NEWS
19/04/2018 11:27 SAST | Updated 19/04/2018 14:31 SAST

What Is The Hawala System? And Why Can It Be Dangerous?

The hawala system originated in South Asia during the 8th century CE – and is still used as a means of transferring money throughout the world today. 

Getty Images/iStockphoto

The fatal shooting near the M1 Glenhove offramp in Johannesburg on Wednesday has been linked to a "hawala" money exchange network operating out of the Oriental Plaza in Fordsburg, according to reports.

A man was shot eight times on Wednesday just after 5pm, and a second person is believed to be in intensive care.

However, many are not aware of what the remittance system is, what it actually entails – and what its dangers are.

The hawala system originated in South Asia during the 8th century CE, and is still used as a means of transferring money throughout the world today.

According to Investopedia, Migrant workers who frequently send money to relatives and friends in their countries of origin find hawala beneficial. This is because it facilitates the flow of money between poor countries, where formal banking is often too expensive or difficult to access.

To encourage foreign exchange transfers through hawala, dealers sometimes exempt expatriates from paying fees. The system is also simple, as one only needs to find a trusted hawaladar (hawala dealer) to transfer money.

The dark side

The system can be problematic and give rise to corruption, because it operates under the radar of international financial regulation. Money launderers and terrorists take advantage of this system to transfer funds from one location to another.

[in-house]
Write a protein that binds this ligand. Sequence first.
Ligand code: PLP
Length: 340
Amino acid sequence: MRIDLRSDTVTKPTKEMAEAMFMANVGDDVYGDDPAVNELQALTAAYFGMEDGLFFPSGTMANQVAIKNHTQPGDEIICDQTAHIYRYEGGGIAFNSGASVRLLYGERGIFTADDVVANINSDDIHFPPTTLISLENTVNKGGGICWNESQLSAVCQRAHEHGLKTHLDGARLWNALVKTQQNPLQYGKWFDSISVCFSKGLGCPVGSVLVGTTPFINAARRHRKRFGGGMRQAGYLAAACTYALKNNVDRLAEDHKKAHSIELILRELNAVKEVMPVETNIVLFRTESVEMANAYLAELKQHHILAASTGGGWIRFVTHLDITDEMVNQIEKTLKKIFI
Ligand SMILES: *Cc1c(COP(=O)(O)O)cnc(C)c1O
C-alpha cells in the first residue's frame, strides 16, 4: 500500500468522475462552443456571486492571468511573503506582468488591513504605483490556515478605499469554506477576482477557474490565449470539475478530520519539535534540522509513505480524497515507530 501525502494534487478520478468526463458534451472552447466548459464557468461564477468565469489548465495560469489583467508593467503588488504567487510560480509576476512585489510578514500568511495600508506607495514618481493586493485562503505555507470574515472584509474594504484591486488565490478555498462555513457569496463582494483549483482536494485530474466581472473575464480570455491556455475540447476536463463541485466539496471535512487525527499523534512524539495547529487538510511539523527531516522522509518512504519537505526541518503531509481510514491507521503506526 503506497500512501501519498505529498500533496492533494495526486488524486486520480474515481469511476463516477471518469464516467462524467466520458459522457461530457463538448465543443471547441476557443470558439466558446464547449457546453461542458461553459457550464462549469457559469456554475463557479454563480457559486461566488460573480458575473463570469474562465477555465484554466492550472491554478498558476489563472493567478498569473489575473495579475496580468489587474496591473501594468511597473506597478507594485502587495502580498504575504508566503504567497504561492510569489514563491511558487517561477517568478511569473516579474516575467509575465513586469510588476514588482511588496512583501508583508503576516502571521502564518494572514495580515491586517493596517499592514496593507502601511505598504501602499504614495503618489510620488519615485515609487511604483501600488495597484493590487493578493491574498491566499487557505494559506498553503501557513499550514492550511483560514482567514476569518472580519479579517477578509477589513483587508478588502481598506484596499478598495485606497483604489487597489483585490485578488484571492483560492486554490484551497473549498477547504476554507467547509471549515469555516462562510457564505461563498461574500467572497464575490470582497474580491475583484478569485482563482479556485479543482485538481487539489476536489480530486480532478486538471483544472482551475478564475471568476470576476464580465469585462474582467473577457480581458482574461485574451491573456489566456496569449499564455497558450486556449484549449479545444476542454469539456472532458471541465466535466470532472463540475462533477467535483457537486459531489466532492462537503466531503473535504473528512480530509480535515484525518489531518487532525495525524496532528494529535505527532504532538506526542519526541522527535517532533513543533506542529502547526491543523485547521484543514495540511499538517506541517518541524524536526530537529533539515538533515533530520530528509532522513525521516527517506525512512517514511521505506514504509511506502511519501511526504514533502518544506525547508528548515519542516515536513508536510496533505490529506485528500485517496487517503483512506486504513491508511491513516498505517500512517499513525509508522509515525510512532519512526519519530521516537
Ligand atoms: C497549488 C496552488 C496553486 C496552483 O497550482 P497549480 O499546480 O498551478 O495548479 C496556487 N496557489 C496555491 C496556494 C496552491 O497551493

Because of the anonymity of its transactions, it is possible for corrupt politicians and the wealthy trying to evade taxes to use hawala to anonymise their activities.

This has led to some countries declaring the system illegal, due to the absence of bureaucracy and verifiable, audited records.

In India, the Foreign Exchange Management Act (FEMA) and the Prevention of Money Laundering Act (PMLA) are the two major legislative systems that deter the use of hawala.

Practical example of the system

Let's say John wants to send money to his mother in Angola. He meets with a hawala dealer, who will be given the money John wants to send, including the details of the transaction — name of recipient, city, and password. The money will be passed to many other handlers, until it reaches the right destination.

Dealers keep an informal journal to record all credit and debit transactions on their accounts. Debts between hawala dealers can be settled in cash, property or services.

A hawaladar who does not keep his end of the deal in the implied contractual system of hawala will be excommunicated from the network or region.

However, if allegations that the Glenhove shooting on Wednesday was related to the hawala network are proven true, it would appear excommunication is not the only regulatory method the informal financial transfer system uses.